Question about black holes and graviational singularities.

In summary, the conversation discusses the magnitude of gravitational force needed to violate the Pauli exclusion principle and the potential for a black hole to form from a fallen star. It is mentioned that a neutron star may still form instead and that the force needed to create a gravitational singularity is dependent on the amount of matter compressed. The concept of a black hole being a collapsed gravitational singularity is questioned, suggesting that it may simply have enough mass for light not to escape.
  • #1
246
0
Do we know the magnitude of gravitational force needed to violate the Pauli exclusion principle?

Also, I my research has told me that violating the principle still isn't enough to turn the fallen star into a black hole. It could still become a neutrons star, so if that is the case, what magnitude of force is strong enough squeeze all matter around it to a gravitational singularity which is infinitely dense, with zero volume?

Also, I have been thinking. Does a black hole necessarily need to be a collapsed gravitational singularity. Couldn't it just have enough mass for light not to escape it?
 
Last edited:
Astronomy news on Phys.org
  • #2
Do we know the magnitude of gravitational force needed to violate the Pauli exclusion principle?
You won't violate it. It sais that the higher the density, the higher the energy of each particle, thus the higher the pressure. Pressure becomes significant in neutron stars, I'd guess (may be some orders of magnitude off) it's about 10^28 bar at the core.
It could still become a neutrons star, so if that is the case, what magnitude of force is strong enough squeeze all matter around it to a gravitational singularity which is infinitely dense, with zero volume?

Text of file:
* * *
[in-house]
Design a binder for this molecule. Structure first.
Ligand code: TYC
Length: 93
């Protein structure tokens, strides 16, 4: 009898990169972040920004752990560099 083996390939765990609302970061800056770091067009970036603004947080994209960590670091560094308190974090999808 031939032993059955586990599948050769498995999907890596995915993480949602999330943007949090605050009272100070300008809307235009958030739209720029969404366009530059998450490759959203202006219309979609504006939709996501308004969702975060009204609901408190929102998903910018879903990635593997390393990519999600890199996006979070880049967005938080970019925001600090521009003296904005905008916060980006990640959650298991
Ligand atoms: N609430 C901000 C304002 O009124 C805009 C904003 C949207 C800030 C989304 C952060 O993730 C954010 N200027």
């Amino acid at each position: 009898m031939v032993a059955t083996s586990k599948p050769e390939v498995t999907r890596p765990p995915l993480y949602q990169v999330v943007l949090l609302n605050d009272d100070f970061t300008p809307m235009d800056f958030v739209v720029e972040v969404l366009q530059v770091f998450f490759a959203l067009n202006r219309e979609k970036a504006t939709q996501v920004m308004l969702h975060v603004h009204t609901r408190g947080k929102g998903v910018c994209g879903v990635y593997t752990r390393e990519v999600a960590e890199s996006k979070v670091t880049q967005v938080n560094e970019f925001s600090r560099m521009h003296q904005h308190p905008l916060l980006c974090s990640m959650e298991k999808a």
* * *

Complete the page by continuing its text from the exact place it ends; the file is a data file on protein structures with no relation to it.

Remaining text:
You just have to put enough matter in a small enough volume. You'd have to compress a small amount of matter much stronger that a larger mass to generate a black hole.
Does a black hole necessarily need to be a collapsed gravitational singularity. Couldn't it just have enough mass for light not to escape it?
When light can't escape, matter must move inwards, as inevitably as it moves towards future.
 

1. What is a black hole?

A black hole is a region in space where the gravitational pull is so strong that nothing, including light, can escape from it. It is formed when a massive star dies and collapses under its own gravity.

2. How are black holes and gravitational singularities related?

A black hole is essentially a region of space where a gravitational singularity exists. This singularity is a point of infinite density and zero volume, and it is surrounded by a boundary called the event horizon.

3. Can we see black holes?

No, we cannot see black holes directly since they do not emit any light. However, we can observe the effects of black holes on their surrounding environment, such as the distortion of light and the motion of nearby objects.

4. Can anything escape from a black hole?

Once something crosses the event horizon and enters a black hole, it cannot escape. This includes light, which is why black holes appear black. However, some theoretical models suggest that particles can escape through a process called Hawking radiation.

5. Are there different types of black holes?

Yes, there are several types of black holes based on their mass and properties. The three main types are stellar black holes, intermediate-mass black holes, and supermassive black holes, which can range from a few times the mass of the sun to billions of times the mass of the sun.

Suggested for: Question about black holes and graviational singularities.

2
Replies
63
Views
2K
Replies
23
Views
1K
Replies
11
Views
1K
Replies
12
Views
1K
Replies
2
Views
835
Replies
5
Views
1K
Replies
13
Views
1K
Replies
3
Views
821
Back
Top